I'm trying to install brew but get the following warning:

Warning: /usr/bin occurs before /usr/local/bin
This means that system-provided programs will be used instead of those
provided by Homebrew. The following tools exist at both paths:


Consider amending your PATH so that /usr/local/bin
is ahead of /usr/bin in your PATH.

I have no idea how to amend the path. I've explored several files from this stack overflow post (http://stackoverflow.com/questions/8886114/using-brew-with-ruby-1-9-2), but can't find a relevan path to edit. The only file that I do have that exists is my /etc/profile file which currently looks like:

# Setting PATH for Python 2.7
# The orginal version is saved in .bash_profile.pysave
export PATH

I wanted to just uninstall python then reinstall it through homebrew, but am a little nervous about breaking too many things at once.

Is there an easy way to amend the path? Should I create a .bash_profile file? Thank you for any help in advance.


Yes, create a .bash_profile file in your home directory containing


and then do one of the following to make the change active

  • execute . ~/.bash_profile
  • execute PATH="/usr/local/bin:$PATH" in the current shell
  • restart Terminal
  • 2
    @threenovation if the answer above is correct, can I suggest you mark it as answer (click the tick next to the answer) – Stu Wilson Apr 23 '12 at 10:37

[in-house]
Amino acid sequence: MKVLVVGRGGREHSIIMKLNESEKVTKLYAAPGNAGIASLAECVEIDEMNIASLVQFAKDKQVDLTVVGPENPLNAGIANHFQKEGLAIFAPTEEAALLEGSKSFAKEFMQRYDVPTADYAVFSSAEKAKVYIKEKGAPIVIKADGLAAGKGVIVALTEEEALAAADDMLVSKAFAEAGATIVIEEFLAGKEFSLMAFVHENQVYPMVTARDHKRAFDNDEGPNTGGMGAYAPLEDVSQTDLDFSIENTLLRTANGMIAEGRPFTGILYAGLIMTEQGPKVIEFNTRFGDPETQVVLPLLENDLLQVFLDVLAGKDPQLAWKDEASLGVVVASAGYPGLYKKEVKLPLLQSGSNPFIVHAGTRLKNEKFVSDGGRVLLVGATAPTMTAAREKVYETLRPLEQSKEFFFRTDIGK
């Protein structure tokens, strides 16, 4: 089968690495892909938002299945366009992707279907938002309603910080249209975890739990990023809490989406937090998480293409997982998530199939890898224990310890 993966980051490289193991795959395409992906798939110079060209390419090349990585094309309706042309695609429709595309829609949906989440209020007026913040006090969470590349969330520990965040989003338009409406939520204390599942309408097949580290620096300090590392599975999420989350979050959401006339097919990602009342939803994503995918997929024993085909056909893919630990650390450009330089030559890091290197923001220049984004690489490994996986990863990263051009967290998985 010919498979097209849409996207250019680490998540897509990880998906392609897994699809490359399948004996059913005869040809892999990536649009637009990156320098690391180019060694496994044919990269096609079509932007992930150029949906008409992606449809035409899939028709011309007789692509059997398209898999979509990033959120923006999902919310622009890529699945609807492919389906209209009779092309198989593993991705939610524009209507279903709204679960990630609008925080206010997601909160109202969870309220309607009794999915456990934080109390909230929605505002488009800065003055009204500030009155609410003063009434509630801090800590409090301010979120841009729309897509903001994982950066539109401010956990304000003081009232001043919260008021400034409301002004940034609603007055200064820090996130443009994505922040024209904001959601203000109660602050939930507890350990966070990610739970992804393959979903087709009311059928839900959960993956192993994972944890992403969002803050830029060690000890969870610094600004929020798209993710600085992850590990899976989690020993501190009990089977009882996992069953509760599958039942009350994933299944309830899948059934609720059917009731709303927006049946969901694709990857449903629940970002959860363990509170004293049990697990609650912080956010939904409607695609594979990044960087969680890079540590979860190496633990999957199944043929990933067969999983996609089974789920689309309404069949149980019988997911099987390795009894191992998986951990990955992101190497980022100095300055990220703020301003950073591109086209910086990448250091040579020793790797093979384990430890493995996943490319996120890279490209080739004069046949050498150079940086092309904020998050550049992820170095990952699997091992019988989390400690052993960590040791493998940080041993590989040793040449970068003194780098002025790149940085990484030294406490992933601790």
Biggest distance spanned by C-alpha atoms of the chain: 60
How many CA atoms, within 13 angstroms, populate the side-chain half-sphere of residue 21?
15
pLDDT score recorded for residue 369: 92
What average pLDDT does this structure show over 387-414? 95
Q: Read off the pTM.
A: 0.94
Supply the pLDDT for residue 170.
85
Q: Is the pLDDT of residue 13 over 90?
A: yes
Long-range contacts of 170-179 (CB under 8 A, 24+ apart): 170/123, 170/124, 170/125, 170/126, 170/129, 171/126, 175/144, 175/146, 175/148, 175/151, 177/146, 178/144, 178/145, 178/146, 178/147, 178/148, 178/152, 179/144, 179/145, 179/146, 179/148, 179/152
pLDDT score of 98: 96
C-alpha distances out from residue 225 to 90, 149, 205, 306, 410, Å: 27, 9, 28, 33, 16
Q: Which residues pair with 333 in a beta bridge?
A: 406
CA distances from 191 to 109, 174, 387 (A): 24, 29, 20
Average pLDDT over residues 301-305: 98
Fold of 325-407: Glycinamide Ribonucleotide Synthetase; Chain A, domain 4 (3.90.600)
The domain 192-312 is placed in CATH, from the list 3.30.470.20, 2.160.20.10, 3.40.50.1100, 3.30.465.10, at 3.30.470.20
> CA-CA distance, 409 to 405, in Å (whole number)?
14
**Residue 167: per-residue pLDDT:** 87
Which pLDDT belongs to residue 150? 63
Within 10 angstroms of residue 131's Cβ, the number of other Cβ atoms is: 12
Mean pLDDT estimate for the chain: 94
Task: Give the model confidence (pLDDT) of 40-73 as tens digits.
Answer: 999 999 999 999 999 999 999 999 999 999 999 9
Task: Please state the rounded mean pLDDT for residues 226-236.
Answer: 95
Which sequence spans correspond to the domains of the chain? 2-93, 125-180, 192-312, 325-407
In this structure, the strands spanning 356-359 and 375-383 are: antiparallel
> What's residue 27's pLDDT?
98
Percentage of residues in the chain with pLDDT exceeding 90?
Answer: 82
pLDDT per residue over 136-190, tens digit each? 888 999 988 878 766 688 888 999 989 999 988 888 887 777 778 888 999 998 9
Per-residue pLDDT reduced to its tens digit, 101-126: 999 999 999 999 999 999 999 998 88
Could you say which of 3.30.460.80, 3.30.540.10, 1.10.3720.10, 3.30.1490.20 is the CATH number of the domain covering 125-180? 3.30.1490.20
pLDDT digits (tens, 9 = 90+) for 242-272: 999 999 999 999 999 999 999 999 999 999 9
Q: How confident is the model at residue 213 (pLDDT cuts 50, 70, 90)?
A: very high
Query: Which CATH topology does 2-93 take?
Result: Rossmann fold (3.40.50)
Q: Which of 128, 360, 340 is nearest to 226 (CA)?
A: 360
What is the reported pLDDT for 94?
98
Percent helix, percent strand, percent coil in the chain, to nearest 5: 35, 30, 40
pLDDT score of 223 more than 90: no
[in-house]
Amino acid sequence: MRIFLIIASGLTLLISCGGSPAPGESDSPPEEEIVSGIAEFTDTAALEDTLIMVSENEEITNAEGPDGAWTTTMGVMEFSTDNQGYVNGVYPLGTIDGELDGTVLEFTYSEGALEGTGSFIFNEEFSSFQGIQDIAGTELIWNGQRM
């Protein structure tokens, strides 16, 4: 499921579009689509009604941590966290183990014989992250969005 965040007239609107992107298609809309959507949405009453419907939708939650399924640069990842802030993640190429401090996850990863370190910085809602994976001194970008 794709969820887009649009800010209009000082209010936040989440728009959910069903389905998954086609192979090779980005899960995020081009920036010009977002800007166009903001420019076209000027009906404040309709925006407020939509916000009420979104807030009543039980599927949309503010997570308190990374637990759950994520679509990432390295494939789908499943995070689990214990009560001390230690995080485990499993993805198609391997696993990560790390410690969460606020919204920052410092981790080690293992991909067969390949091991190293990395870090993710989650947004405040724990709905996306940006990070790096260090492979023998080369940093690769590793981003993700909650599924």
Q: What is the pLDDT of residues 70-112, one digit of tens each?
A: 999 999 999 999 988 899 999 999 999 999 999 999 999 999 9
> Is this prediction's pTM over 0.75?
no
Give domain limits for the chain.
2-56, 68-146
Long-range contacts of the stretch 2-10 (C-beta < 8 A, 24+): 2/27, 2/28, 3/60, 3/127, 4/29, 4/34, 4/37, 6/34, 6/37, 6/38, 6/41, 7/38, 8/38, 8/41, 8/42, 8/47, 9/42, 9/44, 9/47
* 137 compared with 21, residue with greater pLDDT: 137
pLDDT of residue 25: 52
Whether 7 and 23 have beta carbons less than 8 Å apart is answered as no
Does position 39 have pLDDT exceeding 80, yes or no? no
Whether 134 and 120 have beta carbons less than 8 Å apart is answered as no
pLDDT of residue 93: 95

• I wonder if this should be exported? Child processes should have this new path also. Also: When I set up brew, it did not alert me that /usr/bin came before /usr/local/bin. – Steven Lu May 3 '12 at 15:00
  • @StevenLu, it's already exported by the time you get to .bash_profile. It wouldn't hurt to explicitly export it again, but not necessary. – glenn jackman May 3 '12 at 15:20
  • Thanks for this. Worked "Your system is raring to brew." – Vezu May 29 '12 at 18:46
  • I seem to be getting duplicate entries in $PATH. – flow2k Sep 30 '18 at 21:22

You need to amend /etc/paths so that /usr/local/bin is listed before /usr/bin. You'll need to sudo your editor in order to do that.

One of the ways to open editor is

 sudo open -t /etc/paths
  • My PATH was configured correctly in my .bash_profile, but not in /etc/paths. This worked beautifully. – Nick Tomlin Jul 17 '13 at 17:03
  • 6
    Do NOT use this method for setting your path -- there is risk that non-terminal applications will pick up the "brewed" components and fail. Using "sudo" should also be a red flag unless you truly understand what you're doing (especially with a user-level development system like Mac Homebrew). Editing your .bash_profile and restarting terminal should be sufficient. – rholmes May 18 '14 at 21:04
  • @rholmes So changes to .bash_profile affects interactive user shells only and not other applications? – flow2k Sep 30 '18 at 21:21
  • 1
    @flow2k .bash_profile will affect interactive user shells. Any exported variables will be seen by applications launched from the shell command line (for example, launching a "regular" Mac app, or a command line command). Some more details can be found here, but they're making a finer distinction than what you asked: scriptingosx.com/2017/04/about-bash_profile-and-bashrc-on-macos The answer by glenn jackman is the one to use. – rholmes Oct 1 '18 at 22:12
  • 1
    @flow2k yes, you’ve stated that correctly. – rholmes Oct 2 '18 at 1:43

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